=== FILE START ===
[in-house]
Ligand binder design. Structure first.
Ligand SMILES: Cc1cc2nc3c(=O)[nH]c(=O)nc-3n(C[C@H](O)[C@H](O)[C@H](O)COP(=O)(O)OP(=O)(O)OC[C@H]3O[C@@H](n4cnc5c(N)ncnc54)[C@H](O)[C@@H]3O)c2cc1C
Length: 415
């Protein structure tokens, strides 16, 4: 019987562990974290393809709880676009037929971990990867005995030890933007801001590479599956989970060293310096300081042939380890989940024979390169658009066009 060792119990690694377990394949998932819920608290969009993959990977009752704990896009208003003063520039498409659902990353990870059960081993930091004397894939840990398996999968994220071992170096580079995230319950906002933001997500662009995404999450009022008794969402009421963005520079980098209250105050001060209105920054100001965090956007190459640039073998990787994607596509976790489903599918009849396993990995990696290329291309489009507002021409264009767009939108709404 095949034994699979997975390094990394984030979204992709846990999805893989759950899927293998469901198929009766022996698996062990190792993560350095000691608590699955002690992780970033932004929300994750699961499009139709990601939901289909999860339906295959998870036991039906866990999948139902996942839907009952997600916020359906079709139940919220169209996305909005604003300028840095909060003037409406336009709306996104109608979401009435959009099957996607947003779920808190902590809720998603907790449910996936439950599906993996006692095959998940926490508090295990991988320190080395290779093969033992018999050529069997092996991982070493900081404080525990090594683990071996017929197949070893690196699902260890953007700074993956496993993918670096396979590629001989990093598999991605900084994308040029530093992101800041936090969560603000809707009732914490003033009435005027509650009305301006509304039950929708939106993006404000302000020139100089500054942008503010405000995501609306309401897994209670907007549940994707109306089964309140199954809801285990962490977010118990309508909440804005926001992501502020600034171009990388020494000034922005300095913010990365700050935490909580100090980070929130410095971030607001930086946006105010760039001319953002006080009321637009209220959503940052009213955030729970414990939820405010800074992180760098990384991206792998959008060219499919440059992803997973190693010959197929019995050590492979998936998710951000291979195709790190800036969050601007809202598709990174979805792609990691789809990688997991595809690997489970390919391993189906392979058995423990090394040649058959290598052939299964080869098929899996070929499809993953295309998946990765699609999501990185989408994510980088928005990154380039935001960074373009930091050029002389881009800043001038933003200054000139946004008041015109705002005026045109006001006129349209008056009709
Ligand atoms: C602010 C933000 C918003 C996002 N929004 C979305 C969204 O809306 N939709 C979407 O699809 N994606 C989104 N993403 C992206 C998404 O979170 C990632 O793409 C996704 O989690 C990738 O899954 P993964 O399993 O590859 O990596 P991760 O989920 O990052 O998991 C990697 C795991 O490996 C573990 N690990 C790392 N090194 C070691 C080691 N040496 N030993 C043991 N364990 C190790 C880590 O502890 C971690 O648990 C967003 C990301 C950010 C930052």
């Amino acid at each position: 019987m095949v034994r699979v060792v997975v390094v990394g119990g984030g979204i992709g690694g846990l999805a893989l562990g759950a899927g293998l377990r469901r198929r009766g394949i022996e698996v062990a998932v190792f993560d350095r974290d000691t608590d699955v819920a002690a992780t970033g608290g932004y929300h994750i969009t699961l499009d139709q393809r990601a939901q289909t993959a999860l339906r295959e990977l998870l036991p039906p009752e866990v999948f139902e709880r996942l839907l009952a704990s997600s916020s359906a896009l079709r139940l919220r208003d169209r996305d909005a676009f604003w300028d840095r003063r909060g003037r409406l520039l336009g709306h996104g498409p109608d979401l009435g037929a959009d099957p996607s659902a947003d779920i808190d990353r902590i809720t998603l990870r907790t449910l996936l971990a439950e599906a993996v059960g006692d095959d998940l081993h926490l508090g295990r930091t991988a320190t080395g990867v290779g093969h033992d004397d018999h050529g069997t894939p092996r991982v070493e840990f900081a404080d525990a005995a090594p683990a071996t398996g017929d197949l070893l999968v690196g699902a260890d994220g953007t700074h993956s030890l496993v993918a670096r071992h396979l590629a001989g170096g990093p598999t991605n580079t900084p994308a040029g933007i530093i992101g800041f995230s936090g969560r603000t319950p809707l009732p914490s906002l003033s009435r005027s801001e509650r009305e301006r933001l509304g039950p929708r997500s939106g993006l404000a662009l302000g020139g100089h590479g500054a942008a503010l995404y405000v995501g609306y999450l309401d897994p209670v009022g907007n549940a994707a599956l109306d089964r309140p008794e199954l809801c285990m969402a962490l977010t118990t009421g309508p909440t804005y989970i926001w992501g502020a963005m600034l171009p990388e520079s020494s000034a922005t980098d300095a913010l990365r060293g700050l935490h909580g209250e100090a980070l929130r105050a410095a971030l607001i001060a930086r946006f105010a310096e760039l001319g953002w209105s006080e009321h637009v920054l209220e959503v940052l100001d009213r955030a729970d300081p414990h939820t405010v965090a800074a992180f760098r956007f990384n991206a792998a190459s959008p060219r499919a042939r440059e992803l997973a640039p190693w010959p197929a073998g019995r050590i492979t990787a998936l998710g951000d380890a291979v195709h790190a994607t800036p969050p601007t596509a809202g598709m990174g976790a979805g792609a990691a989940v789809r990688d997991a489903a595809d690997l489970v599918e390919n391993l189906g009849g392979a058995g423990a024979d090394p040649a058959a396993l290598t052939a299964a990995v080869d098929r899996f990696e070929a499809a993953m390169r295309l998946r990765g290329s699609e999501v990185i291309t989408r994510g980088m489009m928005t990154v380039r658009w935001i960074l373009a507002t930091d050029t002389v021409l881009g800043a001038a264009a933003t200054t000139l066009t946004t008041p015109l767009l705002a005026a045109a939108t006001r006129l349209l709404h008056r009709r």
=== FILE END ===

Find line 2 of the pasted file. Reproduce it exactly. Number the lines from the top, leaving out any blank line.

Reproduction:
Ligand binder design. Structure first.